Linked by Thom Holwerda on Tue 9th Sep 2008 08:52 UTC
Hardware, Embedded Systems When China launched its first microprocessor, the Godson 1 in 2002, it wasn't much of a competitor to what Intel and AMD had to offer. The 64bit Godson 2, released in 2005, still didn't worry the Western chip makers, but the chip did start to pop up here and there outside of China. Expect to see a lot more of them in the coming years, as the Godson 3 promises to be a chip that can compete head on with the big ones: quad-core, eight core version in the pipeline, and 200 extra instructions aiding in x86 compatibility.
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RE[3]: Bad News
by rayiner on Tue 9th Sep 2008 23:46 UTC in reply to "RE[2]: Bad News"
rayiner
Member since:
2005-07-06

I disagree that there is no problem with our education system. Pretty much my first year of college was spent undoing the brain-damage that had been done to students in public schools.

That said, I agree with you about the cost/benefit issues of going into engineering. If you're smart and hard-working enough to get through engineering school, then you're smart and hard-working enough to get a good LSAT score and do well in law-school. Considering the pay difference between a good lawyer and a good engineer...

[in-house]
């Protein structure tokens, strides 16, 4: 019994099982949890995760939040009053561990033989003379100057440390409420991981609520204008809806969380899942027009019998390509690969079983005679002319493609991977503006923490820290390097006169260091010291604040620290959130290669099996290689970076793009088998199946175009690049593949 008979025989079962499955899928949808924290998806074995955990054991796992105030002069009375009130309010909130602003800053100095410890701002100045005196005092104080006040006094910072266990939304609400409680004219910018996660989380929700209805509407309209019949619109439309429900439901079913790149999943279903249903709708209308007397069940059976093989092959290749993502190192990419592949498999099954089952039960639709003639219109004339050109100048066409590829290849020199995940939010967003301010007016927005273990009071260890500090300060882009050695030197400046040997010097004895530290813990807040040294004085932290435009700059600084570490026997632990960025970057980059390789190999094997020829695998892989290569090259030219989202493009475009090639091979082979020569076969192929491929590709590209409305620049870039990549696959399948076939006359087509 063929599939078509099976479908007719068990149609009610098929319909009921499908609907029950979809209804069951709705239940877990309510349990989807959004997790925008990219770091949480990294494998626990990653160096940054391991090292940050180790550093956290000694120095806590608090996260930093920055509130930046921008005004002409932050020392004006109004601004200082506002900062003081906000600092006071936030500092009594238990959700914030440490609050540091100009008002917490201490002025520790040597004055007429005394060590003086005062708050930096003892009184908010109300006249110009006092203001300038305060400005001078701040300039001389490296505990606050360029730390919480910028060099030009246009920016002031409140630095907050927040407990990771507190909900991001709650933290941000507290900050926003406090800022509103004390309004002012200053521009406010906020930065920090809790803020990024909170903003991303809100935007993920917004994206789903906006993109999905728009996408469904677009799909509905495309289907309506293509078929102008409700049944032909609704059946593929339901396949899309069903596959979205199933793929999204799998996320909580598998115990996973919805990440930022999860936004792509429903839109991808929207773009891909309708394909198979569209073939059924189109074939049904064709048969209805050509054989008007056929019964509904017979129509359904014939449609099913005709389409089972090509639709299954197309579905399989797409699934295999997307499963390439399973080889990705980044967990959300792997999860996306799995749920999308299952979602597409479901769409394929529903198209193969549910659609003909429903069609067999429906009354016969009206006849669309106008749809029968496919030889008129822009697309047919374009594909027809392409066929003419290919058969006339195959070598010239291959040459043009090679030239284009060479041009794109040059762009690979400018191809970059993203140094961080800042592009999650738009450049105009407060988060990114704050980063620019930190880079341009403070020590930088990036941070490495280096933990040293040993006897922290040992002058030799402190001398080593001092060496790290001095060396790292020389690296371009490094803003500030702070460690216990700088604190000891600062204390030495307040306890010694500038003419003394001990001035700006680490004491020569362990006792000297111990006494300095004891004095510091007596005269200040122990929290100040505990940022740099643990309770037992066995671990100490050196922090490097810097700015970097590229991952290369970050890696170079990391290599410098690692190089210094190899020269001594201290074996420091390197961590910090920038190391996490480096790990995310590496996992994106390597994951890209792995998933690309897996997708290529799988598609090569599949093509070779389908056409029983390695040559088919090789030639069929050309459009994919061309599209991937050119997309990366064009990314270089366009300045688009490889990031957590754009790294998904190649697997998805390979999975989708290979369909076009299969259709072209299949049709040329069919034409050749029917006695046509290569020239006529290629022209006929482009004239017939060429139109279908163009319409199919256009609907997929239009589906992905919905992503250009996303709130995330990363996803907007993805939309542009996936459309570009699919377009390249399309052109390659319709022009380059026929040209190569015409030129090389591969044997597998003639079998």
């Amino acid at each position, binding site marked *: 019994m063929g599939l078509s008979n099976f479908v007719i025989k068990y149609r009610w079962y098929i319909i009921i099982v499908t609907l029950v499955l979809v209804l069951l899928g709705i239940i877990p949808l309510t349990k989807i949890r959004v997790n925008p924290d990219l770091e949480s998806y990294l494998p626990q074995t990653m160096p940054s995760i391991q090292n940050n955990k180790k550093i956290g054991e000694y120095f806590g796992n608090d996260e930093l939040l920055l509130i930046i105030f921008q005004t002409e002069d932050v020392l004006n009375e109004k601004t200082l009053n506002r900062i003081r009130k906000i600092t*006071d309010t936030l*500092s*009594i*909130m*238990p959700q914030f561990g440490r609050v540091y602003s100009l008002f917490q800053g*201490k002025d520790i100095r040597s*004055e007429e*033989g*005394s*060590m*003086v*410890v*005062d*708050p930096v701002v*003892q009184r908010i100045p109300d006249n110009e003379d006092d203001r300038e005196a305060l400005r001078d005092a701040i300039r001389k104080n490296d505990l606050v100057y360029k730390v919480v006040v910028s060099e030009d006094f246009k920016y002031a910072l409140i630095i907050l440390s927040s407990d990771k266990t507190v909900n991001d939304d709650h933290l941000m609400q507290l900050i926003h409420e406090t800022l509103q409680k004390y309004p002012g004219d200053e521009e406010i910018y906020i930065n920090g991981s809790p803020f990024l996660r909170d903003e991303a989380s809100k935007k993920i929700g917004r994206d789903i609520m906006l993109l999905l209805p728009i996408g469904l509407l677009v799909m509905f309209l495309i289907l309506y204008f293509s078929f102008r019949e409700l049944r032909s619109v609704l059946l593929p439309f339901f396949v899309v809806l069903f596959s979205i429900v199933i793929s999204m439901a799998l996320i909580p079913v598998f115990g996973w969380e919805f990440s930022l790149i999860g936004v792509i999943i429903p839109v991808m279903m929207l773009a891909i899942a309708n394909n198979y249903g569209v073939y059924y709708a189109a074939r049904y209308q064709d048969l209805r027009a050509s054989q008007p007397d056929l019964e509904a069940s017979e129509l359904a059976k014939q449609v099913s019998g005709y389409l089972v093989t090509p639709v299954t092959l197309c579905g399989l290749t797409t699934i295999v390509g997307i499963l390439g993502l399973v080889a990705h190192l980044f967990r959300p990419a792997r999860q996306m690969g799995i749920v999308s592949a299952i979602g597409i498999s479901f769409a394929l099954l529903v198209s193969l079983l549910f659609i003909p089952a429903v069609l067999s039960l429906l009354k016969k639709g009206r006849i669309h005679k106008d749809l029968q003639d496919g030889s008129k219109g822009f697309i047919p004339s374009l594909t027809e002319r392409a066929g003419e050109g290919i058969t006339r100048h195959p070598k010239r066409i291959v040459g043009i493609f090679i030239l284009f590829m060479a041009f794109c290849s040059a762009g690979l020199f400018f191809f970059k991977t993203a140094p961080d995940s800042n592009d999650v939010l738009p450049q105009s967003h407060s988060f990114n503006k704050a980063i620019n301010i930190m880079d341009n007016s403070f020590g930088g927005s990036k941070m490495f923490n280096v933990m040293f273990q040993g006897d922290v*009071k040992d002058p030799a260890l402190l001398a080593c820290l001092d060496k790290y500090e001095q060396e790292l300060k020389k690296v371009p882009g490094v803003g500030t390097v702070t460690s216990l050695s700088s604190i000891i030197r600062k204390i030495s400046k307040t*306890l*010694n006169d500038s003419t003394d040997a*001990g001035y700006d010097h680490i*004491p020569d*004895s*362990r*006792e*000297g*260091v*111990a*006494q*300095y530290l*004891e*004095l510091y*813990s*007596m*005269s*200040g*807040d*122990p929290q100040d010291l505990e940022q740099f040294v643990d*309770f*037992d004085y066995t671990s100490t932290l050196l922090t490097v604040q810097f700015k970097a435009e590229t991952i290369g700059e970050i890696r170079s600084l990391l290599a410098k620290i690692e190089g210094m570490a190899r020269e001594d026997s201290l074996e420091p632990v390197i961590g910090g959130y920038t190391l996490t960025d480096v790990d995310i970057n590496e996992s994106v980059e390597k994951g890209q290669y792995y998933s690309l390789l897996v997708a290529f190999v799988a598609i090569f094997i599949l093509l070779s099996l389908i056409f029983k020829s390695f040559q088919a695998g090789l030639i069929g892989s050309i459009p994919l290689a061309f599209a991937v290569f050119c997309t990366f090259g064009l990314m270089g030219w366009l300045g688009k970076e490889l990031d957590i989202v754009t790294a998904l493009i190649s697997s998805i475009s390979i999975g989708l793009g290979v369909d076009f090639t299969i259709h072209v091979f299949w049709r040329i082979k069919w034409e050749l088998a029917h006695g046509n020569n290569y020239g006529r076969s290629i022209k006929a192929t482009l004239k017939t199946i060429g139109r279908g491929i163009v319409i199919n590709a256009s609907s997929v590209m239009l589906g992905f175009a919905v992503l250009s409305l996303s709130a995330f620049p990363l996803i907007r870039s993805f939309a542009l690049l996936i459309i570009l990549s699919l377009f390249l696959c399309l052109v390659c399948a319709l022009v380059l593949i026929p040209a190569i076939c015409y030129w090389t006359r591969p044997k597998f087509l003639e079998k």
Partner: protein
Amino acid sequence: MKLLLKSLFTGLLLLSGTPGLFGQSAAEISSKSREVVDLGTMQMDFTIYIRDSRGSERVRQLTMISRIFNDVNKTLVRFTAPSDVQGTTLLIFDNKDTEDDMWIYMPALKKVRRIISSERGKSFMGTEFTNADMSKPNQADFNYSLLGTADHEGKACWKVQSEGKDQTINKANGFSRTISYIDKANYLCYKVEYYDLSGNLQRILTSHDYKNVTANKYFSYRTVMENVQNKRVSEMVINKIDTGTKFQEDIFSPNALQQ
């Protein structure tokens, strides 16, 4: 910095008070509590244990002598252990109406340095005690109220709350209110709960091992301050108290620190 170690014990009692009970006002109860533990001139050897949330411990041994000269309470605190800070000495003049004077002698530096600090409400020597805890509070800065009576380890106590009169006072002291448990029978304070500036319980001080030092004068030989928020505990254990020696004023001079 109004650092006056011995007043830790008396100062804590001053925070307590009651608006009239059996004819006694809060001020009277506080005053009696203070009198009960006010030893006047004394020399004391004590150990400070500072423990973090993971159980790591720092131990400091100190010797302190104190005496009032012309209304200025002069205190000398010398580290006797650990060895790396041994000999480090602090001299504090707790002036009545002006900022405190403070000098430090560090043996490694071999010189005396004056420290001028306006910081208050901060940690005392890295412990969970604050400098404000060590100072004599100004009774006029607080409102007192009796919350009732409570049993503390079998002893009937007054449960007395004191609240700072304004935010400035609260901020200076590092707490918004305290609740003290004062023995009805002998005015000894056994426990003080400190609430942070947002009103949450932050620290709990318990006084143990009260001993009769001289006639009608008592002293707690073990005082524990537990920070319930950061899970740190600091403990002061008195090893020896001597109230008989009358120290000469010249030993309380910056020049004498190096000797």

The problem along those particular lines is that engineers themselves haven't protected the value of their profession in the way doctors and lawyers have. Engineers create plenty of value in the economy, but they're quite willing to simply be worker-bees and let their company take most of the value they create. This is true even among very good engineers. There is nothing akin to, for example, the private law segment of the law profession, where partnership allows individual employees to get a stake in their firm. Engineers have allowed their profession to become commoditized, even as the rigorous demands for working in the field have not been reduced.

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